For the first time in the history of the United States Congress, the Committee on Standards of Official Conduct, otherwise known as the ethics panel, was going to have elected officials and senior staffers in same-sex marriages, who received marriage certificates in states where it is legal, disclose their spousal financial information the same way heterosexual married staffers do. That was until both sides of the gay marriage camp started complaining.
The Committee on Standards of Official Conduct, also know as the ethics panel, had released draft rules a week ago that made extensive revisions to the old instruction manual for filling out financial disclosure forms. The draft rules included a paragraph declaring that “In 2009, there were a total of four states which issued marriage licenses to same-sex couples: Massachusetts, Connecticut, Iowa and Vermont. (New Hampshire and the District of Columbia began issuing such licenses effective in 2010.) If you and your spouse were issued a marriage license by any of these states and were subsequently legally married in that state, you must disclose all required spousal information on your Financial Disclosure Statement.”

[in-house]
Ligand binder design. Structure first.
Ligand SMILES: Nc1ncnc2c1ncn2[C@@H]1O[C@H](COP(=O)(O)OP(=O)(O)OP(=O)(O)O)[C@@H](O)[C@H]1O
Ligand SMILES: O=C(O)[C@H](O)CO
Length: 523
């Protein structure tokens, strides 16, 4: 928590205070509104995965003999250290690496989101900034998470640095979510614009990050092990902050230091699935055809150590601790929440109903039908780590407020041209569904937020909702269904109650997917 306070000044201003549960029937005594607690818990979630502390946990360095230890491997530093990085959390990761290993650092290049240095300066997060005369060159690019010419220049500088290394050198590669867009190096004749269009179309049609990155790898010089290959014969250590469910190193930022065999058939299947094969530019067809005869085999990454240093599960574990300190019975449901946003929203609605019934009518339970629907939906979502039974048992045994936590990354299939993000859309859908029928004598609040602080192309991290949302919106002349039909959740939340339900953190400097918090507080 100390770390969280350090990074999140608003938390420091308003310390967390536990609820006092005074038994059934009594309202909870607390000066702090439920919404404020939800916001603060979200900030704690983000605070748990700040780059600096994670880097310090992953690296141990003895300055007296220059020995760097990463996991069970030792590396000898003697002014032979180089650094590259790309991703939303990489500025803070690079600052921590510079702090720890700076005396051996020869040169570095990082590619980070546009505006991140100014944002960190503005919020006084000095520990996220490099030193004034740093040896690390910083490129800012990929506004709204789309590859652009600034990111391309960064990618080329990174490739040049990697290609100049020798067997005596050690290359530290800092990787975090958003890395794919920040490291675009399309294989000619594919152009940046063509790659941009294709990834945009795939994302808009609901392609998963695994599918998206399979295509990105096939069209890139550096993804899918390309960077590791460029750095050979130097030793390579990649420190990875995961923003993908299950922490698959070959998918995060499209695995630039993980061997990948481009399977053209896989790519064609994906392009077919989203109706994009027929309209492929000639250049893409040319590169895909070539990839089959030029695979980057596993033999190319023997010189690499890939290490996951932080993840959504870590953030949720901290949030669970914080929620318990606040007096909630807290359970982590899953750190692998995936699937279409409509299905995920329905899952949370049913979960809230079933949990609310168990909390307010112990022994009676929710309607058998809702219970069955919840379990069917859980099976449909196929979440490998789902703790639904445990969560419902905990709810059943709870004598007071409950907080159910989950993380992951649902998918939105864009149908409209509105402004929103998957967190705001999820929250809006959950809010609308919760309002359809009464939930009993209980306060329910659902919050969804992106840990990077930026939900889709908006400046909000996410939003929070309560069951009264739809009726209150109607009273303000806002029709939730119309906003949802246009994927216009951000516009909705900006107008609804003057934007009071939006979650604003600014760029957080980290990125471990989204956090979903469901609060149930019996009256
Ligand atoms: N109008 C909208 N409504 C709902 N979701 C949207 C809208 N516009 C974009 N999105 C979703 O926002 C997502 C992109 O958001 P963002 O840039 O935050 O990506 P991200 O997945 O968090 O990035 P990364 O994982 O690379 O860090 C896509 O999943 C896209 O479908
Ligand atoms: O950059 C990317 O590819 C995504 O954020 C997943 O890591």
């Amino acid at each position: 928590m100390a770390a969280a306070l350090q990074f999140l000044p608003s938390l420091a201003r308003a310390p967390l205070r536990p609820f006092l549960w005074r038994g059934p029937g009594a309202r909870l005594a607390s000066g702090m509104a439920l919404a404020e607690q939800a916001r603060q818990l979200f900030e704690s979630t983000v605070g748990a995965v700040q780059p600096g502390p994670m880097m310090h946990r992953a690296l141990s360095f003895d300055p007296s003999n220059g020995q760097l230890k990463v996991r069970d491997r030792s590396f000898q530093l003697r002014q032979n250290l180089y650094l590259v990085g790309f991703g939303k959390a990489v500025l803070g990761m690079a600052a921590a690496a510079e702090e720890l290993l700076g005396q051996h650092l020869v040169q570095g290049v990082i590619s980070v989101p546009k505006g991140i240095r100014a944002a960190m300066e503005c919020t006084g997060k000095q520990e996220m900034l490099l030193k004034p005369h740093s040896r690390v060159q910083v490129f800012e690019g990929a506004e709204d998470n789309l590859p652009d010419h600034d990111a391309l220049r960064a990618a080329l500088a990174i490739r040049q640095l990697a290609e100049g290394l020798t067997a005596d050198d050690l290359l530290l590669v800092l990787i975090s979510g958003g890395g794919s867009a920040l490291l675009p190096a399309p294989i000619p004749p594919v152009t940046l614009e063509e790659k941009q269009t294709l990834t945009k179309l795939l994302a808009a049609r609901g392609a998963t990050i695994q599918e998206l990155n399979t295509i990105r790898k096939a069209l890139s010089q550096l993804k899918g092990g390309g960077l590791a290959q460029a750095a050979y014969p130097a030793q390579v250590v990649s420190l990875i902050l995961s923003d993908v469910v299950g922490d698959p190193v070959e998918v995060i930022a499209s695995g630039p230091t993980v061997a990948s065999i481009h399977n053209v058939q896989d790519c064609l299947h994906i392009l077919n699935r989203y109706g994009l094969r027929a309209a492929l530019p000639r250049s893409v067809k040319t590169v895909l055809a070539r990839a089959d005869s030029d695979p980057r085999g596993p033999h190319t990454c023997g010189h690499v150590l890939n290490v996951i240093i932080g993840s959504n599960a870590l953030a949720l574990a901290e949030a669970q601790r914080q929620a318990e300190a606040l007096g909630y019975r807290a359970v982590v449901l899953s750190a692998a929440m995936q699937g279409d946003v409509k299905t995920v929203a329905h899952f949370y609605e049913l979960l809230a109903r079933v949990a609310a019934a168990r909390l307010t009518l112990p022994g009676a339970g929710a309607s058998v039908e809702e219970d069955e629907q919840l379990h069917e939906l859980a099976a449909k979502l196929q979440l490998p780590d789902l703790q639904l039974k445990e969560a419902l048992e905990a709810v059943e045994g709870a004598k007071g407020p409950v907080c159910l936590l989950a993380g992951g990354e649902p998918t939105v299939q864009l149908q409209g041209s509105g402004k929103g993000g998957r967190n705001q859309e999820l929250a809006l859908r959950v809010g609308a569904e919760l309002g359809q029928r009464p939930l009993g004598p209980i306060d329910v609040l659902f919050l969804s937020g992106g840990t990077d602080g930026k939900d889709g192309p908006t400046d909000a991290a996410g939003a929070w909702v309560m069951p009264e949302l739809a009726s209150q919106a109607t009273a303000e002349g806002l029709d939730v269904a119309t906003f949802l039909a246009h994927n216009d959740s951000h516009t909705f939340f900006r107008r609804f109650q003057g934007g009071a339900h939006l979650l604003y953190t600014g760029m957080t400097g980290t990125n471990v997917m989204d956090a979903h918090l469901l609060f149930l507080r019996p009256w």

After Roll Call inquired about the language change, the instructions were pulled from the websites of the ethics committee and the Clerk of the House.
On Thursday the committee and the Clerk of the House posted new instructions on their websites that drop any reference to gay marriage.
Gay marriage haters hated the new rules because they viewed it as Congress’ backdoor attempt to recognize same-sex marriages. And gay marriage lovers also hated the new rules, because they required the gays to make federal disclosures when the federal government doesn’t even recognize them as married, and that’s whack, yo. So, what, Jared Polis & Co. don’t have to share the stock portfolios of their paramours?
No disclosure without representation!, as the anarchists would say.